A scheme to build a national network of cycle and walking routes has won a £50m lottery grant by topping a public vote.
The Sustrans: Connect2 project, which will improve travel in 79 communities, beat three other environmental groups with 42% of all ballots cast.
The People’s £50 Million Lottery is the largest ever publicly-decided award.
Sustrans CEO and founder John Grimshaw said: “The hard work starts now to build those bridges, tunnels, crossings and networks of paths.”
Last night’s Top Gear featured a race through rush hour London, from the western to eastern ends(?) of the North Circular.
James May drove a Chelsea Tractor. “The Stig” took public transport. Jeremy Clarkson went by speedboat. Richard Hammond went by bike.
2. Speed boat
3. Public transport
They didn’t go into a lot of detail about the times, but public transport beat the car by 15 minutes.
TWO wheels beat four during the latest “commuter challenge” to find the quickest way to travel into Edinburgh city centre.
The annual time trial to see which is the fastest way to get to work saw bicycles and motorbikes take the honours in four races from the edge of town to Frederick Street.
Motorbikes came out on top in the journeys from Ocean Terminal and the Ingliston Park and Ride. But the cyclists, who were described by event organisers as typical commuters rather than competitive racers, were fastest on the trips from Newcraighall Station and Edinburgh Royal Infirmary.
The slowest journey was in a car from Newcraighall Station, taking 43 minutes to travel the 5.3 miles.
I can ride home from work (west end to Haughton, about 2.5 miles) 8 minutes faster on my bike than it can be driven during rush hour.
So there it is, cycling in the Netherlands and Germany can be just as variable in quality as in any other country – although the standards by which quality gets judged tend to be much higher than those in the UK.
What really puzzles me is this. Is traffic engineering in the 21st century really a science, or is it just a political football? I ask this honestly of the traffic enginners of Darlington, and of the politicians who rule them.
This trip clearly demonstrated that, when planning for cycling (as, we are told, Darlington, Cycling Demonstration Town, is doing) a raft of traffic measures is at the disposal of traffic engineers to consider, whenever a new scheme is developed. These include – all of which have been clearly illustrated on this blog:
*priority to cyclists at crossings with side roads
*cycle rings around roundabouts
*scrapping of centre lines on narrow roads to enable cycle paths to be created
*shared space projects
*cycle paths that use both road space and pavement space at different times, depending on space availability
*making car driving in urban areas more difficult, to get people out of their cars
*one way streets for motor vehicles that are two-way for cyclists
I genuinely ask – do these traffic engineering tools ever get considered in a town like Darlington, or are we victims of car-induced brain death in this department? Would it not be useful to at least have a traffic planning process that required engineers and politicians to explain why they have rejected such solutions, rather than never even having to consider them?
What this variation in cycling provision also suggests is that a grading of cycling provision – independent of country – is both appropriate and possible. The cyclist priority roundabout in Ijmuiden would get 5 stars, the cycle paths on country roads in Friesland only 2 or 3.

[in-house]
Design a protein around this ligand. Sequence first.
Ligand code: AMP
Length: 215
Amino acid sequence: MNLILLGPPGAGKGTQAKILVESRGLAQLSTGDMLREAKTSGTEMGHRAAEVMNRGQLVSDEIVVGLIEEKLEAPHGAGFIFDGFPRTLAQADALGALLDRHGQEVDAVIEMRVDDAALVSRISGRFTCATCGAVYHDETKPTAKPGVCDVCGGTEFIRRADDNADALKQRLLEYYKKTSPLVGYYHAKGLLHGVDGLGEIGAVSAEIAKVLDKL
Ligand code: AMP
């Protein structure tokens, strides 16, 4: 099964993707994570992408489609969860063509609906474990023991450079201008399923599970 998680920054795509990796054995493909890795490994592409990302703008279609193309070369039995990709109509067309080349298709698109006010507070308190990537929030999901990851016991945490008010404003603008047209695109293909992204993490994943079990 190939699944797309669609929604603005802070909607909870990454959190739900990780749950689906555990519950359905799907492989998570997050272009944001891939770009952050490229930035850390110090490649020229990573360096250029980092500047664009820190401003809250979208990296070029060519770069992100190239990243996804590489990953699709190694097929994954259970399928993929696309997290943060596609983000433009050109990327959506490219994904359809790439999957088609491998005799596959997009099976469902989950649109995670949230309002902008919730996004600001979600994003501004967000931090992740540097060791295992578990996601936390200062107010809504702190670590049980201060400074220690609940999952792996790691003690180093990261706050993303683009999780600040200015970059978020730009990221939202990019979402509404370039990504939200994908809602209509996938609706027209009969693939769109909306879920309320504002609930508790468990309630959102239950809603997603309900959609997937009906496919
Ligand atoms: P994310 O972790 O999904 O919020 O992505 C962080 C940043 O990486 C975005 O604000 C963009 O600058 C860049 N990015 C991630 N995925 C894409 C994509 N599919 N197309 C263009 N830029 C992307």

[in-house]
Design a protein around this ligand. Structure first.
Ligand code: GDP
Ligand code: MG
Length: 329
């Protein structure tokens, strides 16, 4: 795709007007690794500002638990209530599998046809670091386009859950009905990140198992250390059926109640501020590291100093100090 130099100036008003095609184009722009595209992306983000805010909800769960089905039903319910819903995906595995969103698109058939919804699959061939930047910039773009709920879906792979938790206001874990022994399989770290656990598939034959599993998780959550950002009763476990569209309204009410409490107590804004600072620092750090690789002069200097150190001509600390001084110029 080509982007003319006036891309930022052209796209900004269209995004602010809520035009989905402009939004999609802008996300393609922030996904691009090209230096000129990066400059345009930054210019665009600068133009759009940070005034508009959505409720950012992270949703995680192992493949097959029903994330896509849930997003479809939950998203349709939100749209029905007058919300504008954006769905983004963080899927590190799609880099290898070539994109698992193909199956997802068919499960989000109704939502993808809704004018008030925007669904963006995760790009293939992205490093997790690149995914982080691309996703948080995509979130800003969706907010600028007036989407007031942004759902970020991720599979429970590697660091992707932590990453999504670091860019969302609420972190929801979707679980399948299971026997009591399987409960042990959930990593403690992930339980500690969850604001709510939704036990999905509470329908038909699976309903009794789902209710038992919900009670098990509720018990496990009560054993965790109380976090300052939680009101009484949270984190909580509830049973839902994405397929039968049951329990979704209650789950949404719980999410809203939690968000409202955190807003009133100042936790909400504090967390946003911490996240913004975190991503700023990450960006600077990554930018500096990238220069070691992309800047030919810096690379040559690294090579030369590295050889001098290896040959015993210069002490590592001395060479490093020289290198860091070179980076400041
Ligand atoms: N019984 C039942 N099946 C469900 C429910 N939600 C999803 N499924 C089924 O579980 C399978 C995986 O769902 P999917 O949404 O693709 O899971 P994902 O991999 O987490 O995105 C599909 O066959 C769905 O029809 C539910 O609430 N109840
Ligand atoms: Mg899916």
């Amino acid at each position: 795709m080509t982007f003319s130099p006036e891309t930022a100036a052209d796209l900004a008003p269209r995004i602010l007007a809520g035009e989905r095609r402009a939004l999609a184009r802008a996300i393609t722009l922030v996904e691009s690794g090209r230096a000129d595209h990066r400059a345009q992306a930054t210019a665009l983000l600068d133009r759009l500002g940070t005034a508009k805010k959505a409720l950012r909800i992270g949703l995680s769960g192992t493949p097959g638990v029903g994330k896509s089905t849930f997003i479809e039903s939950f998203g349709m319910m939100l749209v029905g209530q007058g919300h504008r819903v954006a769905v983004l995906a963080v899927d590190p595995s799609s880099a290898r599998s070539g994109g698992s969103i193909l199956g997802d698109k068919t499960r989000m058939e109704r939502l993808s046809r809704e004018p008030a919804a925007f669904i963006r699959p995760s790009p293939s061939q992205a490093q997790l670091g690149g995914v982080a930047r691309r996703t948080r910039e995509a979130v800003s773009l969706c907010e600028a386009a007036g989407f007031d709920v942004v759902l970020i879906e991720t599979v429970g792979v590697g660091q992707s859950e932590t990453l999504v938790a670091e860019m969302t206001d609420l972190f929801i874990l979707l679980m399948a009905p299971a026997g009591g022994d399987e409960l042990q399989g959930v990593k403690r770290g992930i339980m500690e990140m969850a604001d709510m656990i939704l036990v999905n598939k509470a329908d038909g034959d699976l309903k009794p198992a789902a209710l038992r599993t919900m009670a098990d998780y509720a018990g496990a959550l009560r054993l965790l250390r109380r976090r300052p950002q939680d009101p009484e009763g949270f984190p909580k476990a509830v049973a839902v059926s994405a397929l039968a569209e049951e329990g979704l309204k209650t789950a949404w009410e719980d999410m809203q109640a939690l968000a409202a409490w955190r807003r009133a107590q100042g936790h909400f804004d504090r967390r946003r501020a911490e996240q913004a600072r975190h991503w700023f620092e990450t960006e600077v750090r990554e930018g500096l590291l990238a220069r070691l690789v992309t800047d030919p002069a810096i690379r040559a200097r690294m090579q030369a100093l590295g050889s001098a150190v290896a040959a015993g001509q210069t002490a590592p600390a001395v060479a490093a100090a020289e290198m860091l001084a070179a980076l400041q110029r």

Similarly, our (current) right to cycle through Darlington’s town centre feels something like a 4 star hotel, with no dangerous vehicles, plenty of space, and only the sudden changes in direction, and ongoing obliviousness, of pedestrians to consider. The ring road, on the other hand, could be classified as the equivalent of a whorehouse, with cyclists the unpaid prostitutes.
Just as houses are now subject to an eco-grading when they are sold (well, at least 4-bedroom houses at the mo), maybe we should introduce the same scheme for roads.
Ah well, back to the joys of the little island.
Our last hours in the Netherlands included the remarkable Groningen railway station. Underneath a large, open forecourtthat is devoid of traffic, resides a massive bicycle parking area, with what seemed like tens of thousands of bikes parked up.
Groningen, with a population of 185,000 is about twice the size of Darlington, roughly as big as Sunderland. And this is the kind of picture that can be imagined if we had a cycling-friendly culture in the north east of England.
We put our bikes on the train in Groningen, and again space is tight. It’s the rush hour on a small local train to the border town of Nieuweschans. From here, it’s a short ride to the border, but remarkably the cycle route takes us into Germany without a hint of a border crossing. Only the change in road signs and bus stops give away the change of country – we actually crossed the border on a small path that runs alongside a single-track railway line.
Trains in Germany are quite different – an entire carriage at the rear of the train is given over to cyclists. The seats are lined up along the side walls, and can be up or down depending on the number of bikes.
In both cases, though, we need to pay for the bikes, (daily tickets cost 6 euros in the Netherlands, 4.50 in Germany) whatever the journey. So compared to the UK pluses and minuses – we don’t pay for bikes on trains in the UK, but there is little space, and we must book in advance. In the Netherlands there is still little space, though it is at least a walk on service. In Germany, taking the bike is a lot easier, though again requires payment.
So we arrive at our destination, Bremen. A few days to cycle around and gain some further impressions before the return home.